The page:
[Advaita-l] FA & AQ on MAAYAA
v.subrahmanian at gmail.com
Fri Aug 10 00:30:01 CDT 2012
Here is a reproduction of a post that appeared in the Advaitin List
recently. It is on the topic of Frequently Asked & Answered Questions on
mAyA in Advaita. I thought the members here might be benefited by the post
and a part of the discussion that followed this.
[ Source: 'Enlightening Expositions' by Swami abhinava vidyAthIrtha of
MAYA - THE GREAT ENIGMA
Some raise objections against the vEdAntic postion that on account of mAyA
or avidyA, Brahman appears as the world just as, in dim light, to one who
fails to perceive correctly, a rope appears as a snake. We shall consider
the major objections and the answers to them.
1. 1. For a rope to be mistaken for a snake, it is essential that
there exist a perceiver distinct from the rope and the snake. Since no
entity apart from Brahman is admitted by the vEdAntin, the rope-snake
example is inappropriate.
Answer: This is not so. An example cannot match what is meant to be
illustrated in all its aspects. If it did, it would be indistinguishable
from the original and would not be just an illustration. In the present
case, the analogy servers to indicate how something may be mistaken for
something else and not to indicate the presence of the distinct perceiver.
2. A snake must exist if a rope is to be mistaken for a serpent. So also,
the world must exist apart from Brahman if Brahman is to be mistaken for it.
Answer: If one entity is to be mistaken for another, say a rope for a
snake, it is necessary that one have a knowledge of the superimposed
entity, such as the snake. This, in no way implies that a real snake must
exist, for the knowledge of the snake may be false knowledge. For instance,
a person may see a monster in a dream. It is possible for him, after waking
up, to mistake a tree in dim light to be that monster and to flee in
terror. This mistaken cognition requires a knowledge of the monster but
does not demand the reality of the monster. Since samsAra is beginningless,
it cannot be argued that at the very beginning there was only Brahman and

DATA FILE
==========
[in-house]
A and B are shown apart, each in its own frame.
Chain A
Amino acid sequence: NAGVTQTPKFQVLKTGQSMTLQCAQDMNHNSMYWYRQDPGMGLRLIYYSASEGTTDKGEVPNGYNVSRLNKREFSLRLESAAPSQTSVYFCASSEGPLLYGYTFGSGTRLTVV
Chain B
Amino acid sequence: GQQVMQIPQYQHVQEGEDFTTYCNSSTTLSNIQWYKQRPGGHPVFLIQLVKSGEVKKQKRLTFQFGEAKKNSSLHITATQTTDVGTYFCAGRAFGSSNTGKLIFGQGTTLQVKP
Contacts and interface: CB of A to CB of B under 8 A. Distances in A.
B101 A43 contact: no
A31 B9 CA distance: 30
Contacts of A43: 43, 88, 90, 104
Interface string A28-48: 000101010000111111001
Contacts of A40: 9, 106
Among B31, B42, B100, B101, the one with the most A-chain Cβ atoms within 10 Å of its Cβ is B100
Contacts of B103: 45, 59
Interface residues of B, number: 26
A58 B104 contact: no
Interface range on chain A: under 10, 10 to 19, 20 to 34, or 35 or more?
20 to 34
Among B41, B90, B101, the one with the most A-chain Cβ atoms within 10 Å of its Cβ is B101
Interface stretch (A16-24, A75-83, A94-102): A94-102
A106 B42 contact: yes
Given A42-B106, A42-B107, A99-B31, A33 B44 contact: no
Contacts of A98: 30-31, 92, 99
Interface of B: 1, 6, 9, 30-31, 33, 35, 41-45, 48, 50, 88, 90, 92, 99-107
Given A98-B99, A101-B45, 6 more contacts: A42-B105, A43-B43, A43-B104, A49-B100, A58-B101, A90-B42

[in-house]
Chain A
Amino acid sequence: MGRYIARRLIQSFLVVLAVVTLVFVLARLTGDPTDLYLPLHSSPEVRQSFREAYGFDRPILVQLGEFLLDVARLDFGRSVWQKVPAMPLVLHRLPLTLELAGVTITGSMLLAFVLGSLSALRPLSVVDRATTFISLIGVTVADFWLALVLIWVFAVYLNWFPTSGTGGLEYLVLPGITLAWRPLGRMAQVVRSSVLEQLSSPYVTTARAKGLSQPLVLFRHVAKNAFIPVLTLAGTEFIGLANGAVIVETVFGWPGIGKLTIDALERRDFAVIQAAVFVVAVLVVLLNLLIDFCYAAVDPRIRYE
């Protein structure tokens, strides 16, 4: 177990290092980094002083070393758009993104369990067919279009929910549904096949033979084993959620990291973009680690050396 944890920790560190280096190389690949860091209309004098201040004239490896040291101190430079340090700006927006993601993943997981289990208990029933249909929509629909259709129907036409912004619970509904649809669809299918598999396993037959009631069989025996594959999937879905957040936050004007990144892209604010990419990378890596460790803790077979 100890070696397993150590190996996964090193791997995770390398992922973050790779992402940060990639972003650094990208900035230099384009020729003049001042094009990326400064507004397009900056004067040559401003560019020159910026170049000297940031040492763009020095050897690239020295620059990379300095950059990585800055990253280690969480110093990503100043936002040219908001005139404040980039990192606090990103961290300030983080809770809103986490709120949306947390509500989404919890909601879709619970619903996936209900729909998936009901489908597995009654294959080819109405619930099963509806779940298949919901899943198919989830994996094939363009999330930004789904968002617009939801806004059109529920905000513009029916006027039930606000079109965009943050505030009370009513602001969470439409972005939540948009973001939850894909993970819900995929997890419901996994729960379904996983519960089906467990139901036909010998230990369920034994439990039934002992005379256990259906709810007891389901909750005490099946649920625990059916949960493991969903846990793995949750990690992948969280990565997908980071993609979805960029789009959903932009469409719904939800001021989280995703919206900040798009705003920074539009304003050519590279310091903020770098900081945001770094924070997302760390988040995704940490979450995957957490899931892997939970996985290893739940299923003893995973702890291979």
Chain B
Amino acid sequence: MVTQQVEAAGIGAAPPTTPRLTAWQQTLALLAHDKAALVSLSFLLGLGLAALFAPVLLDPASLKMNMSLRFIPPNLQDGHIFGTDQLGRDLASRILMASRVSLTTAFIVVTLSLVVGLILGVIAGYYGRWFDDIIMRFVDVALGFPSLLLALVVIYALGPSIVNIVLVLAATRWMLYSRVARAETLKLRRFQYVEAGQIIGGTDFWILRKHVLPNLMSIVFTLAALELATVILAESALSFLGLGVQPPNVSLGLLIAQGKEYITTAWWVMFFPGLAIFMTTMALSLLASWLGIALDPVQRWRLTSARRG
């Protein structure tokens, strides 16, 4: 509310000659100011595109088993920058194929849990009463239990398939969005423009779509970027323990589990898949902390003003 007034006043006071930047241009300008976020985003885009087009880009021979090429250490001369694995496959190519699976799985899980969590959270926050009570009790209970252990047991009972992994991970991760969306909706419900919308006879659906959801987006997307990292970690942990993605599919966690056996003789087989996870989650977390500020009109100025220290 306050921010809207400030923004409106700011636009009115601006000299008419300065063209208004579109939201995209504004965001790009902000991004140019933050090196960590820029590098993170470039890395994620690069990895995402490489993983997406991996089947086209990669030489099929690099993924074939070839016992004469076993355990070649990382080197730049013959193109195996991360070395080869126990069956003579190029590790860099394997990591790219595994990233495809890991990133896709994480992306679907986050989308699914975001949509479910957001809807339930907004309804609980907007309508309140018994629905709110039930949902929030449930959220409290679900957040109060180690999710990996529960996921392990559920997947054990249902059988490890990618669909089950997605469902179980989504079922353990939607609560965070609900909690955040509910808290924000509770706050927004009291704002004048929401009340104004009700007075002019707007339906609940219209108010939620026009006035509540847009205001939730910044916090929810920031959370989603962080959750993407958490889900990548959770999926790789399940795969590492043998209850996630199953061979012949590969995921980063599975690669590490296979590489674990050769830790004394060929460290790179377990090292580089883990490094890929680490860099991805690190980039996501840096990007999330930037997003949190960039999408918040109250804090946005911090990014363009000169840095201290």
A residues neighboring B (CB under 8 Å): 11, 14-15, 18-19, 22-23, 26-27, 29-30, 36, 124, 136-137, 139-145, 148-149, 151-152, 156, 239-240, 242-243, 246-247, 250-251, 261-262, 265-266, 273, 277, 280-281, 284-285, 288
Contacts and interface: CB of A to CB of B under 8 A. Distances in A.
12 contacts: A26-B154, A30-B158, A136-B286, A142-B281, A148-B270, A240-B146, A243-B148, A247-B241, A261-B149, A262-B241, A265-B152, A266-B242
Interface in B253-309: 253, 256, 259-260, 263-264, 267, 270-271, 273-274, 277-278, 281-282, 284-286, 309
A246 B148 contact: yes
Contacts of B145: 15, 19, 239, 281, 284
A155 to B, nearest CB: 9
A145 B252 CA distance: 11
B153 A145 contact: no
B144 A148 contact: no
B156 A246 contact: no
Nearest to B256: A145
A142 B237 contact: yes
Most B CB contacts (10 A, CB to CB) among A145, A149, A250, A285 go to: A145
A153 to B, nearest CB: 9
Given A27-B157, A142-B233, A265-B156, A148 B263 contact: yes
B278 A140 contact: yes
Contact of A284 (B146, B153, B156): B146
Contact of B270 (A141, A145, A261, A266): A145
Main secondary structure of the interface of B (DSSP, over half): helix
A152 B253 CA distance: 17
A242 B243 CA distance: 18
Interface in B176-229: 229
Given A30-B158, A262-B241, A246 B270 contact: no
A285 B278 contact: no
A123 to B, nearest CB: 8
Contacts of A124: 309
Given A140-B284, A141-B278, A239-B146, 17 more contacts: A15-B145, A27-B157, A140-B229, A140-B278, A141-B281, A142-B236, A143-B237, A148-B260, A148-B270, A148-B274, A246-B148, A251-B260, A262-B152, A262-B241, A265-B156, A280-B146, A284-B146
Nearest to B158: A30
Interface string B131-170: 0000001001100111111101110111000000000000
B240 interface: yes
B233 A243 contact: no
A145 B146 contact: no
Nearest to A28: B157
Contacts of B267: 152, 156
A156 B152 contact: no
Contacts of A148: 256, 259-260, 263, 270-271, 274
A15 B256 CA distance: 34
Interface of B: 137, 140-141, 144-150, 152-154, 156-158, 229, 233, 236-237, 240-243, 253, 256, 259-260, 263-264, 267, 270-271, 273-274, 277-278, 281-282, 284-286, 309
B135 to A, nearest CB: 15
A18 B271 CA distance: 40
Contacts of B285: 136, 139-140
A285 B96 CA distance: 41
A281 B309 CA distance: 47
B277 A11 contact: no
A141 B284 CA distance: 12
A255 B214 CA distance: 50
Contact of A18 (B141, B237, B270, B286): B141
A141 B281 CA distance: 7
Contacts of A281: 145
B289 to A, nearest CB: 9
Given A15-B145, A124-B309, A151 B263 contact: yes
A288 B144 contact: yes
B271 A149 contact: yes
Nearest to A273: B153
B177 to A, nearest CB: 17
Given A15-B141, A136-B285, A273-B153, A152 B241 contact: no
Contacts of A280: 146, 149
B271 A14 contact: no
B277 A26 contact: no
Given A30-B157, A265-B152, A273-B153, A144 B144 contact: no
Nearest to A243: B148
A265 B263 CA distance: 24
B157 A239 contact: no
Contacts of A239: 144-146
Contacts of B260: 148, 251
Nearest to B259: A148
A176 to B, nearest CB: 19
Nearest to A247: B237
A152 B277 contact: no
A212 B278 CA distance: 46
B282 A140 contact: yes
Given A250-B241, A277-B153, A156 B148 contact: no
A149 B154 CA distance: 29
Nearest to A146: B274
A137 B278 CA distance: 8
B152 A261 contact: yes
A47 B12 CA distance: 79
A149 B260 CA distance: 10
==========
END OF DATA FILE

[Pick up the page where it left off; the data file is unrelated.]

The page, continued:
no possibility of any knowledge of an earlier world, real or false, which
could serve as the basis for the subsequent misconception of Brahman as the
3. 3. For a superimposition like that of a snake on a rope to occur, it
is essential that the entity on which something is superimposed be distinct
from and visible to the perceiver. For instance, the rope must lie in front
of a person, who can see it, for the person to mistake it for a snake. In
the case of Brahman, the vEdAntin holds the Supreme to be the inner Self of
everybody. As Brahman is never separate from or visible to anyone, a world,
real or false, cannot be superimposed on the Supereme.
Answer: It is not a rule that the object on which we superimpose something
else be perceived by us. For instance, AkAsha is invisible; it does not
fall within the ken of our five senses. Yet, ignorant people impute a blue
colour or a spherical shape to it and make statements such as, “The sky is
blue”. It is also not true that we can only mistake something distinct from
us to be something else. For instance, does not a person mistake himself to
be the body and say, “I am tall”?
4. 4. Is the Veda real or not? If it is, Brahman cannot be non-dual
as claimed by advaitin. If it is unreal then it is meaningless for the
advaitin to base his philosophy on it and declare that destruction of
avidyA and consequent liberation can be effected by knowledge generated by
Answer: Even an unreal entity can produce a true effect. For instance, the
fear that arises in a dream in which one is chased by a tiger can cause on
to wake up and perspire. The cold sweat and the waking up are real but the